New Urban Wine Trails
An Illustrated Guide to Some of Berkeley and Oakland’s Hot New Wineries
Story and illustrations by Nikki Goddard
One of the great perks of living in the Bay Area is the ease of launching a weekend wine country getaway. But if you have only an afternoon and want to spend it tasting rather than driving, you have options. Due to a boom in new urban wineries popping up in some walkable parts of Oakland and Berkeley, you can stroll right into an uber-hip wine-tasting experience. Trailblazers like Broc Cellars and Donkey & Goat paved the way over a decade ago, and you might start with a ramble around their West Berkeley block to taste the latest efforts they have inspired.
Nothing seems to have come easily for the Blue Ox team, but they are clearly the sort who thrive in the face of challenge. One of the newest additions to Berkeley’s Fifth Street block that houses Broc Cellars and Donkey & Goat, Blue Ox specializes in dry-farmed, sustainably grown, traditional-method sparkling wine—something of a rarity for a California operation of such small size. Partners Josh Hammerling and Noah Kenoyer met in 2017 while working at Broc and had to move at astounding speed when they learned of a new winery space opening up in the neighborhood. With the help of supportive friends, they pulled it together in just a few short months.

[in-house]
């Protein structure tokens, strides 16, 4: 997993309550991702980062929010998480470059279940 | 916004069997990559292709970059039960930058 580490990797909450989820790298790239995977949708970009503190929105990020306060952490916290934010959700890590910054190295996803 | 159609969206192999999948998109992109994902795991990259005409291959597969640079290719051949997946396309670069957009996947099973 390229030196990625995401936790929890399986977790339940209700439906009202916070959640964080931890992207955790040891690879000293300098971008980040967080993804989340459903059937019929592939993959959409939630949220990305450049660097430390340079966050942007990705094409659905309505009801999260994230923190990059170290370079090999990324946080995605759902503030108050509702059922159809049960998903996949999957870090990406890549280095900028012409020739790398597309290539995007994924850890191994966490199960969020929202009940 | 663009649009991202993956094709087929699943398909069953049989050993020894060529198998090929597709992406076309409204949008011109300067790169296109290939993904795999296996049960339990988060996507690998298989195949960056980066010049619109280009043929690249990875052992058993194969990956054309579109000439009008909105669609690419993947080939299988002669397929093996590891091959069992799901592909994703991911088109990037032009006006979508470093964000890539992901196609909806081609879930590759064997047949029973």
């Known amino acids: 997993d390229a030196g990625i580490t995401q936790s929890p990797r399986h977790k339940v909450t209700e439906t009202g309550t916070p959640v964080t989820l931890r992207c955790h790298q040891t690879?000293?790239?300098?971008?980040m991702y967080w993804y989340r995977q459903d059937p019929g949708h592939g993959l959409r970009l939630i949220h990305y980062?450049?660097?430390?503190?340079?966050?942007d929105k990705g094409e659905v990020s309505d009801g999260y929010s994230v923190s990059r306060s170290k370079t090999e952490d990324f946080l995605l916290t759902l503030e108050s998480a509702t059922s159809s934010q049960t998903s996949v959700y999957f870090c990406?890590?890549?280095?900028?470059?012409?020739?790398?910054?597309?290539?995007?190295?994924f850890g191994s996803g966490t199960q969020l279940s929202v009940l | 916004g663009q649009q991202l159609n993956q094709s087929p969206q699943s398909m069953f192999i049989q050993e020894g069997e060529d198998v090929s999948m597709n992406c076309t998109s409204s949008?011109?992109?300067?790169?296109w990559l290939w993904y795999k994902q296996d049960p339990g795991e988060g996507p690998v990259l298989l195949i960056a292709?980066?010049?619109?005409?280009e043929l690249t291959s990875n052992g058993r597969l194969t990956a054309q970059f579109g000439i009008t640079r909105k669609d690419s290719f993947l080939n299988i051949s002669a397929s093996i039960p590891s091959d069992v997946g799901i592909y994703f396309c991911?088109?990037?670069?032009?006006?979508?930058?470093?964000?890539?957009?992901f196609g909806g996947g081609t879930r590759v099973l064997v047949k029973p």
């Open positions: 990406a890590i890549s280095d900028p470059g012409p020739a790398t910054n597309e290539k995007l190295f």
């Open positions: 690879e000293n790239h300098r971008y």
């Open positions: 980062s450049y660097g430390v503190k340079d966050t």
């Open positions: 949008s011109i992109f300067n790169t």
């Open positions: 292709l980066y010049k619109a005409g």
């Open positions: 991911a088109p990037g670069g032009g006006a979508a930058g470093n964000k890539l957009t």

The feats of winemaking they’ve pulled off have been equally impressive. Traditional-method sparkling wine is extremely labor-intensive to make, and a new winery has the added challenge of finding great fruit sources. Blue Ox managed to secure contracts with all of the growers they wanted to work with, and they have undeniably done justice to the grapes, most of which come from between Mendocino and the greater Monterey area. The sparkling wines are made in a clean, fresh, and vibrant style from Chardonnay, Pinot Noir, and Pinot Meunier (the classic Champagne varieties) while the reds are primarily focused on the grapes of the Rhône Valley. Most of the wines are named for old, obscure art house movies—a nod to Josh’s erstwhile career in film.